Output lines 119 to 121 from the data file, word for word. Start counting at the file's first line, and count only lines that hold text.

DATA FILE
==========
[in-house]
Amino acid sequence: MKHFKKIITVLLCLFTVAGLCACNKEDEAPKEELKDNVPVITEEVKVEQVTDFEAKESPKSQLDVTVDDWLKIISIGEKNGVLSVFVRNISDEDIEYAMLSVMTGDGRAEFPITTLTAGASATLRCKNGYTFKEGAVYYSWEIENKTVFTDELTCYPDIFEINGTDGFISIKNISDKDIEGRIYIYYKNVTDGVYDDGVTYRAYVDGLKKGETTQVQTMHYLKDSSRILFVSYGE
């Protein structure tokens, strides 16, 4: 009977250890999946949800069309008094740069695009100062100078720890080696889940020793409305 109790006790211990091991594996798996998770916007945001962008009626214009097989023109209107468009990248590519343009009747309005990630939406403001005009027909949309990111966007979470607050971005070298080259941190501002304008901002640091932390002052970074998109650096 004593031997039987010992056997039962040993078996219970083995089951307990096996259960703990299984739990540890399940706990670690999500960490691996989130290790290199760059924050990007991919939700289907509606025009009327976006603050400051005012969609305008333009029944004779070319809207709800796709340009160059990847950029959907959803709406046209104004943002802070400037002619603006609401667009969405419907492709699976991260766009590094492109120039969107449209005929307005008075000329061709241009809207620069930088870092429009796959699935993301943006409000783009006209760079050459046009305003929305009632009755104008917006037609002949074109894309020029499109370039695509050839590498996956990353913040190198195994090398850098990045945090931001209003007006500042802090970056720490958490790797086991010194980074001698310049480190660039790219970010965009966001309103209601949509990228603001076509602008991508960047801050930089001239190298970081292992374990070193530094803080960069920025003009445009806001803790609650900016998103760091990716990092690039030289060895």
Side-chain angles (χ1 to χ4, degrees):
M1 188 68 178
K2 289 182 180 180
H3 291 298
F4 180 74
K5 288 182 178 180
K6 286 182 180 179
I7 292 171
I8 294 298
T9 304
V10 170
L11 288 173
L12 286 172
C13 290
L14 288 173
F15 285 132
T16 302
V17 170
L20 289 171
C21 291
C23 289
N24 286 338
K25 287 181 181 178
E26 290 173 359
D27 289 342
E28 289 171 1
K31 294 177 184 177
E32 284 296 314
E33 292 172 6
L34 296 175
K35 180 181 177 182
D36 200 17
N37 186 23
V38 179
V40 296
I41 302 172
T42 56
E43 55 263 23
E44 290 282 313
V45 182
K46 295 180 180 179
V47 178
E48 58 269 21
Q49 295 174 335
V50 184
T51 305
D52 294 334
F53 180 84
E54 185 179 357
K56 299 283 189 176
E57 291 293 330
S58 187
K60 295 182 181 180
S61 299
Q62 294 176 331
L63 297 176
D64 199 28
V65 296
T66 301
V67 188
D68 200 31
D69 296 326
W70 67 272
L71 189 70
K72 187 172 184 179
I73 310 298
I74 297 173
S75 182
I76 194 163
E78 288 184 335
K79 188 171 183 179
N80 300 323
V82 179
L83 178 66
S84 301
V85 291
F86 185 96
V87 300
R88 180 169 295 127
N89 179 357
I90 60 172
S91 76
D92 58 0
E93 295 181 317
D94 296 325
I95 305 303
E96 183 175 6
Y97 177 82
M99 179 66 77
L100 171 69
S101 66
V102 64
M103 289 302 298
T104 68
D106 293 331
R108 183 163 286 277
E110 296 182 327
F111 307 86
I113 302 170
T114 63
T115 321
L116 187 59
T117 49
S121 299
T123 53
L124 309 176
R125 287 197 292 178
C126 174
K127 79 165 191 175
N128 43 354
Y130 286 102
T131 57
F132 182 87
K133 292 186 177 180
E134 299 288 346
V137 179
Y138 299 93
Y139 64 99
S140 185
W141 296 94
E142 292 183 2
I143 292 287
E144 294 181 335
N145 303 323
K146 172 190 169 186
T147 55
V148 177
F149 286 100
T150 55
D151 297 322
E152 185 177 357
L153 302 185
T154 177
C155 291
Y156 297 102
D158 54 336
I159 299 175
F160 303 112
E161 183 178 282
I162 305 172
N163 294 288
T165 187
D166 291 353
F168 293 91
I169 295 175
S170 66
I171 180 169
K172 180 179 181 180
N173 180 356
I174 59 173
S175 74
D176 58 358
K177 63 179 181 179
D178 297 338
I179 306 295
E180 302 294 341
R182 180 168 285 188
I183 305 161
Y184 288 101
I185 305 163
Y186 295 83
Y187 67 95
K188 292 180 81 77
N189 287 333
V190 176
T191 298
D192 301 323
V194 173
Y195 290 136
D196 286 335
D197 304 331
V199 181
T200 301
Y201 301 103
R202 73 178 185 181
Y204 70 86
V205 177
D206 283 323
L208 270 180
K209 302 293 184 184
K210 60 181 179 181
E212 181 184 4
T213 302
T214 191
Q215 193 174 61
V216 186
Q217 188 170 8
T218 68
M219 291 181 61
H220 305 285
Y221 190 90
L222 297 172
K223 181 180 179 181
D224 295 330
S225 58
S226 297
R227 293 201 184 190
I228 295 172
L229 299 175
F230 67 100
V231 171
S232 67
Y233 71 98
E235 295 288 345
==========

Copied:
V137 179
Y138 299 93
Y139 64 99